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The unifying goal of CEDH is to improve the lives of low-income and marginalized groups directly, using a variety of tools and strategies ranging from organizing and activism, housing development and housing policy reform, job creation, skill development, and traditional and innovative financial instruments. CEDH instructors include: Chris Tilly, Paavo Monkkonen, Michael Lens, Joan Ling, Goetz Wolff, Marie Kennedy, Evelyn Blumenberg, Steven Commins, Vinit Mukhija, Paul Ong, Susanna Hecht, and Michael Storper. Faculty research focuses on a wide variety of topics, such as job accessibility and commuting among welfare recipients, the relationship between housing subsidies and crime, gender and race in planning, tenant organization in public housing, housing finance and residential segregation, property rights and tenure, and strategies for improving jobs. Although most faculty research focuses on the U.S., a number of faculty members in CEDH study these issues internationally.

Graduates from CEDH work in a wide variety of positions, from community-based organizations such as the East Los Angeles Community Corporation, the Los Angeles Alliance for a New Economy, and Trust South LA; to non-profit and commercial housing developers such as Esperanza Housing Corp., Creative Housing Associates., and Community Dynamics; to public sector agencies such as LA City Housing and Community Investment Dept., the LA Mayor’s Office, and the Los Angeles County Community Development Commission; to labor unions such as UNITE HERE!, the Service Employees International Union, Building Trades, and the AFL-CIO LA; and private sector organizations with community planning interests such as Community Corporation of Santa Monica, Chase Community Development Lending and Estolano, LeSar, and Perez Advisors LLC.

In addition to interning at many of the organizations listed above, CEDH students have also recently completed internships with the Bus Riders Union, California Calls, Food Chain Workers Alliance, Little Tokyo Service Center, Unión de Vecinos, and Venice Community Housing.

Stream Descriptions

In order to guide their study, CEDH students select one of two streams of study; Housing or Economic Development.

Housing
This stream offers the opportunity to explore innovative policy approaches to housing – particularly in nonprofit housing development – while learning the traditional tools of housing policy and planning. Current housing issues are assessed against a historical background of goals and effectiveness in improving housing outcomes, as well as the secondary impacts of housing policies and their connections to local economic development. The analysis casts a critical eye at understanding opportunities for building coalitions among low-income tenants, community-based organizations, and development professionals, as well as links to organizing among labor, women, and social service providers. The real estate methods provide a thorough grounding in current practice with an emphasis on affordable multifamily development. Many courses draw on international examples as well as domestic.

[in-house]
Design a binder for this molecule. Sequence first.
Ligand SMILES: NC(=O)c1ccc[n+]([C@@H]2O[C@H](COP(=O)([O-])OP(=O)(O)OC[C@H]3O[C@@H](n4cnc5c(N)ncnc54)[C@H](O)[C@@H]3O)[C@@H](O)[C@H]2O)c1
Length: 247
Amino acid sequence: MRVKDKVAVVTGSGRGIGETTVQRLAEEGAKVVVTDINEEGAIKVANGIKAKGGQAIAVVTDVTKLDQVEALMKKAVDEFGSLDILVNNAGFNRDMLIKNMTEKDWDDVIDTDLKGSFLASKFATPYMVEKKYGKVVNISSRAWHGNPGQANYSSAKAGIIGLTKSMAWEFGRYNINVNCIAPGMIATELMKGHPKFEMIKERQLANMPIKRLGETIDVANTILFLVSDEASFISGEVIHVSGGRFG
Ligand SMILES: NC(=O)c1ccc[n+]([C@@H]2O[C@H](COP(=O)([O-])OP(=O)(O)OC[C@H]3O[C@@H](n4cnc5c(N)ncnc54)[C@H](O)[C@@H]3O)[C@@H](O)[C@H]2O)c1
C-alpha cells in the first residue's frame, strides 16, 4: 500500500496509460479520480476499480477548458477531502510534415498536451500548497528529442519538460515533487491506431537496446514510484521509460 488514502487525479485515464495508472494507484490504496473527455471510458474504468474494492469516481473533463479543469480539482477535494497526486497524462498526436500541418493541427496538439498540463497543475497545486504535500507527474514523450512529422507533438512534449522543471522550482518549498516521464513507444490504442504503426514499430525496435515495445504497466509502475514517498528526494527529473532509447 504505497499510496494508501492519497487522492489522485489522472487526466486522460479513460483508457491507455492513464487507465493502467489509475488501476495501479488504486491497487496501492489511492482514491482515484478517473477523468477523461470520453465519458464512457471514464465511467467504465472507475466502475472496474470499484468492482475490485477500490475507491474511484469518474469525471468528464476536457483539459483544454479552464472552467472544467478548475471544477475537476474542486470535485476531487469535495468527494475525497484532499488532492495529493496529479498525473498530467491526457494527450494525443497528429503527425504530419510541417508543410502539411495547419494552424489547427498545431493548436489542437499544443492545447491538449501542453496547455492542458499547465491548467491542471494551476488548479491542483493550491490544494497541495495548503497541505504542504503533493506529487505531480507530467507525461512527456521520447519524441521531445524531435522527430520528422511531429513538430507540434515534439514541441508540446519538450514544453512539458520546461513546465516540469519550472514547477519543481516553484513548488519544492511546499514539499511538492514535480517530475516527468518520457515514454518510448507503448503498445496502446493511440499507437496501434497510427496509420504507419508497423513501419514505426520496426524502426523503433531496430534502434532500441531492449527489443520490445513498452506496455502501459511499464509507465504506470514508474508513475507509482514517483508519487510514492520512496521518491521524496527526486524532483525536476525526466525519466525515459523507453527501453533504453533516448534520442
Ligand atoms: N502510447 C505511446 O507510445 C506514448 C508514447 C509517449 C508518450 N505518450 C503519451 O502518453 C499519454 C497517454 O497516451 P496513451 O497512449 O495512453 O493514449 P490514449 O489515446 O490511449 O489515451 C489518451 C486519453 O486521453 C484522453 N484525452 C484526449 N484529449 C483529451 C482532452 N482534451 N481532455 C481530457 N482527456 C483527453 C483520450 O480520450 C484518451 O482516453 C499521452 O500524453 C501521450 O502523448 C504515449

Economic Development
This stream offers classes and projects that explore the theories and methods of community economic development, focusing on jobs, business development, and livelihoods. Community economic development encompasses business development, workforce development and skills, job improvement strategies, and finance mechanisms. The community focus and interest in working with people at a local scale, often in ways that involve community participation or organizing, are defining aspects of this stream.

Area of Concentration Requirements

In addition to the core Urban Planning courses, students in CEDH are required to take five courses plus the CEDH urbanization requirement:

Urbanization Requirement UP 242 Poverty & Inequality

Students must choose the Housing Stream or the Economic Development Stream. Listed below are the three required core courses for each stream. Students must also take two electives to be chosen from any category or set of categories.

CEDH Core (required) UP 283 Community Research and Organizing
Housing Core* UP M275 Community Development and Housing Policies OR
UP 229-2 Housing Markets and Policy

UP 280 Affordable Housing Development

Or
ED Core* UP 271 Community Economic Development (will be offered 2017-18, approved substitute is 271B Labor and Economic Development)

UP 237A Sectoral Analysis

Electives (choose two or more from any category below)
Housing Electives UP 219 Special Topics: Housing Markets and Policy

235AB Urbanization in Developing Countries

UP M272 Real Estate Development and Finance (A/UD M272

UP 272B Advanced Real Estate

UP M276AB (LAW M287) Urban Housing and Community Development

UP M288 Leadership, Development & Governance of Nonprofit Organizations

UP 294 Housing in Developing Countries: Policy Objectives and Options

Economic Development  Electives UP CM137/C237C The Southern California Regional Economy (Lbr & Wkplc M180)

UP 271B Labor and Economic Development

UP M234A Development Theory

UP M236A Theories of Regional Economic Development (PP M240)

UP 237B – Urban and Regional Economic Development Applications

UP M257 Transportation and Economic Outcomes

UP 278 Urban Labor Markets and Public Policy

Other Electives UP C184/C284 Looking at L.A.

UP M206A Introduction to GIS (PP M224A)

UP 214 Neighborhood Analysis

UP 245 Urban Public Finance

UP 273 Site Planning

UP 274 Introduction to Physical Planning

UP 285 Women and Community Development: Great Gender Debates